Giving Appreciated Property

Smart gift planning combines charitable intent with cost-efficient planning techniques. Of critical importance is the kind of asset used to fund the gift. Usually, Long-term appreciated property can generate the most favorable tax benefits. Reason: Gifts of such property, in most cases, provide a double benefit: a charitable deduction for the full fair-market value of the property, plus avoidance of any potential capital-gain tax.

When donors think of appreciated property, securities such as stocks probably come to mind most often. Gifts of such assets clearly demonstrate the double benefit of contributing long-term appreciated property.

Charitable deduction. A donor who contributes long-term capital-gain securities or real estate (i.e., property held for more than one year) earns a charitable deduction equal to the property's full fair-market value (FMV). Note: Gifts of short-term capital-gain property do not provide the same tax benefits.

A donor can deduct-in the year of the gift-the full fair-market value of the long-term appreciated property, subject to a limit of 30% of his or her adjusted gross income (AGI). Any excess can be carried forward for up to five year.

Example: Todd owns securities with an FMV of $30,000; the stock was purchased several years ago for $20,000. If he contributes the securities to charity, he will receive a charitable income-tax deduction of $30,000, saving him $10,500 in his 35% tax bracket ($30,000 x 35%). The income-tax savings alone will reduce the cost of his gift to $19,500 ($30,000 - $10,500). Due to IRS limits, Todd would only be able to use $24,000 in the current year ($80,000 x 30%). The remaining $6,000 is not lost, but carries over to the following year and is deducted then.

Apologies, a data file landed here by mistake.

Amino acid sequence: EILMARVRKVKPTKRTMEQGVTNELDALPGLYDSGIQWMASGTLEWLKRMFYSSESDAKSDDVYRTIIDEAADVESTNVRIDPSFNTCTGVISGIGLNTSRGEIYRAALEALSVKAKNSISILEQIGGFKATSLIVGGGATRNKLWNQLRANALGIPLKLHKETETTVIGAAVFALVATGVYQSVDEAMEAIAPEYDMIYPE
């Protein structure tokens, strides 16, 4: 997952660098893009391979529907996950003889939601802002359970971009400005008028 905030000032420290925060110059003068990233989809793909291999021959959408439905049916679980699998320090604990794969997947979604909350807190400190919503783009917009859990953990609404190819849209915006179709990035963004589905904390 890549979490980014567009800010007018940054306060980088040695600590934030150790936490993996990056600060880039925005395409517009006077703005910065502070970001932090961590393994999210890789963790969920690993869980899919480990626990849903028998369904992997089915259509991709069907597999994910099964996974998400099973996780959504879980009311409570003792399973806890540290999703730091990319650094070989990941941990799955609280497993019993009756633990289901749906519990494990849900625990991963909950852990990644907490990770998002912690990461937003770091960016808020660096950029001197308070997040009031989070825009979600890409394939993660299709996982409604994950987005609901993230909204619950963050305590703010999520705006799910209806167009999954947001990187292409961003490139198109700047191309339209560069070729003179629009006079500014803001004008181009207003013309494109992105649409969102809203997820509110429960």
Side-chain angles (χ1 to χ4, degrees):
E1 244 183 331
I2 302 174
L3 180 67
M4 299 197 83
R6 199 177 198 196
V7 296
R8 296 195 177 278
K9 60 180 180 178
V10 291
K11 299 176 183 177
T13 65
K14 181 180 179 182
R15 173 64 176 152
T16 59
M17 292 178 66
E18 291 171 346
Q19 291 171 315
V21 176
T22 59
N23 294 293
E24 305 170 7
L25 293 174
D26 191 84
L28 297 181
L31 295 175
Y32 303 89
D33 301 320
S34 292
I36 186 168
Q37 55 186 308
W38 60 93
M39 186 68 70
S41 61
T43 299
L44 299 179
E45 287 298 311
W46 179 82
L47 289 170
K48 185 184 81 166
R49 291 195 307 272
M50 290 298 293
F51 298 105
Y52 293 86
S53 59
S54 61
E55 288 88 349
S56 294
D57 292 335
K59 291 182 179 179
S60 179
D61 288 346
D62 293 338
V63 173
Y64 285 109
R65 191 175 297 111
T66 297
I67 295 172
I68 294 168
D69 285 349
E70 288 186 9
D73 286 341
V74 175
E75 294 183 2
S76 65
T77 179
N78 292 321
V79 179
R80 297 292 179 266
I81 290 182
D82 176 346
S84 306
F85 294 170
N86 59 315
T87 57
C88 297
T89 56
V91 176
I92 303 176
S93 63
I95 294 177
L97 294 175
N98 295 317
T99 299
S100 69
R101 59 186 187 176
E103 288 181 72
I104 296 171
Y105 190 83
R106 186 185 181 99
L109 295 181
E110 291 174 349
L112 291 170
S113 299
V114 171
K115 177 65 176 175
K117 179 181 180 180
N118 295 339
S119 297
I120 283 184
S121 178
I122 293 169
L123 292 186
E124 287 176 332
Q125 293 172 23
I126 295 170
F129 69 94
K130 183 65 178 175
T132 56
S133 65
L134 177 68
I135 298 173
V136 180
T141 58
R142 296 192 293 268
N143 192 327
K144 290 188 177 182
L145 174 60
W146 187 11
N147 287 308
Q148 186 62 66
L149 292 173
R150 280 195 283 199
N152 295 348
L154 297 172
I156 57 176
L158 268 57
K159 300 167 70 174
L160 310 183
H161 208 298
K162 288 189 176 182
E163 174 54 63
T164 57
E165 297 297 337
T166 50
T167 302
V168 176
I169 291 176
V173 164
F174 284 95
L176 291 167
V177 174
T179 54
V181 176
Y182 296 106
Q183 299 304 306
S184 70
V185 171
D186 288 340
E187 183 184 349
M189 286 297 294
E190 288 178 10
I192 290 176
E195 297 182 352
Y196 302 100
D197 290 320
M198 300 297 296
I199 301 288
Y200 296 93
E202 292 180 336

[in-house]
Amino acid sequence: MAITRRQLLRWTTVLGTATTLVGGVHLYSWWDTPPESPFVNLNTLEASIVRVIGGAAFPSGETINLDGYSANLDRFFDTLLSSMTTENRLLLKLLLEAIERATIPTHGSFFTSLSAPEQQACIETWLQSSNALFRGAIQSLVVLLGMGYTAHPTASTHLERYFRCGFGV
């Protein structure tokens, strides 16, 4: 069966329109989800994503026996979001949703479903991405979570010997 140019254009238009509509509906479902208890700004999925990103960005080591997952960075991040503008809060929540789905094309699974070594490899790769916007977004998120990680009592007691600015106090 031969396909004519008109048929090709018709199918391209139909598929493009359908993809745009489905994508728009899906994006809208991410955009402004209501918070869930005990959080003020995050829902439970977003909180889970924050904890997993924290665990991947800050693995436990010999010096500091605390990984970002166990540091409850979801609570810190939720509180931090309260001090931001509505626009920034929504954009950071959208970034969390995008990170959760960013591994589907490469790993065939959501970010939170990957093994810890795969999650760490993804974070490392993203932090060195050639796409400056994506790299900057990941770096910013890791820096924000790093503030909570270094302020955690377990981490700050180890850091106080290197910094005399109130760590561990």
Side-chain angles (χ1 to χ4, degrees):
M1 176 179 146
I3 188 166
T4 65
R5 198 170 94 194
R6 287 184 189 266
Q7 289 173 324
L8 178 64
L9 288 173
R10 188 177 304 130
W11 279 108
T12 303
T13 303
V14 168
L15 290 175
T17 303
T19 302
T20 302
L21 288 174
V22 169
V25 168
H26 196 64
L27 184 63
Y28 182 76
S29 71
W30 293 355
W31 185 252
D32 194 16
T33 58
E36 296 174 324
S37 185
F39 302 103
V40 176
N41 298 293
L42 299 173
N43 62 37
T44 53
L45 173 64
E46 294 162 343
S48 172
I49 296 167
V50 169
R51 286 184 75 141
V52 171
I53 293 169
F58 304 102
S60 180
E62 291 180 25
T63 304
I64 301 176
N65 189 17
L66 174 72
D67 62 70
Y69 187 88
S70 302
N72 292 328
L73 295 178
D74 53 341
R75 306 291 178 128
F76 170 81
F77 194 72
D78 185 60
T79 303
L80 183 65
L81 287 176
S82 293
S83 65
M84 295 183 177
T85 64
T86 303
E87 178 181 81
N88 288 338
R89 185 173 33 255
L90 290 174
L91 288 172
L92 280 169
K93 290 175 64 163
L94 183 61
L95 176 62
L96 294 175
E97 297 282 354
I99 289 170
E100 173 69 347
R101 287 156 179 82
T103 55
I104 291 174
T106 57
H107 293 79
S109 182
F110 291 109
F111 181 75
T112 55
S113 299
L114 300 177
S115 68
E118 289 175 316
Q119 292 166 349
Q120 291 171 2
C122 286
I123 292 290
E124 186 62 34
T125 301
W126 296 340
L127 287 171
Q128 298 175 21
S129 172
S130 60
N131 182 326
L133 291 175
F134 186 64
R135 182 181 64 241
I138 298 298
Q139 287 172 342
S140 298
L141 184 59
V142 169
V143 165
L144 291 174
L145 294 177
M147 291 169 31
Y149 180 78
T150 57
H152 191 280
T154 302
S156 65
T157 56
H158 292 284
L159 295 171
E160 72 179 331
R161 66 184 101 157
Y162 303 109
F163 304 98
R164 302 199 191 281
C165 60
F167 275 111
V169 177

Even better... Avoid Capital-Gain: A donor who makes an outright gift of long-term securities or real estate avoids paying capital-gain tax on the property's appreciation. With capital gain on these assets taxed up to 15%, a donor can realize substantial savings by contributing the property rather than selling it and contributing the after-tax proceeds.

Example: Remember Todd? He bought the stock for $20,000 and now it is worth $30,000, a $10,000 increase. So Todd would pay 15% tax on that $10,000. The question for Todd is not how much he will give, he knows he wants to give $30,000. Now he wants to know how he should give. Should he: sell the stock, contribute the stock, or just make out a check for $30,000 cash. See illustration below for a comparison.

A cash gift will save him $10,500 in income taxes ($30,000 x 35%). Effectively, this means that he can give $30,000 for a cost to him of $19,500.

If he chooses to sell the stock, he will owe a capital-gain tax of $1,500 (15% of the $10,000 gain). This will leave him with $28,500 to contribute (ignoring any sales commission). He will save $9,975 in taxes in his tax bracket ($28,500 x 35%). At the end of the day, he only gets a gift receipt for $28,500 and the double wammy is that the cost of the gift will be $20,025 ($28,500 + $1,500 - $9,975). He gave less to the charity but spent more to do it.

But if he contributes the stock, his charitable deduction will be the full market value of $30,000, saving him $10,500 in income taxes ($30,000 x 35%). In addition, he avoids paying the $1,500 tax on the appreciation. The combined tax savings reduce the net cost of a direct gift of the stock to $18,000 ($30,000 - $10,500 - $1,500). Now, he will get the full deduction and is able to give it in a way that saves him an additional $1,500 over the straight cash gift.

 

 

Todd's Giving Options

 

Please note this example is for illustration purposes only. You should contact your tax advisor and discuss how gifts of appreciated assets would benefit you. If you do not currently work with a tax advisor, you can contact Dan Kittell or Steve Reed at 317-549-3091. Both are professional tax preparers and members of the Freedom Board of Directors.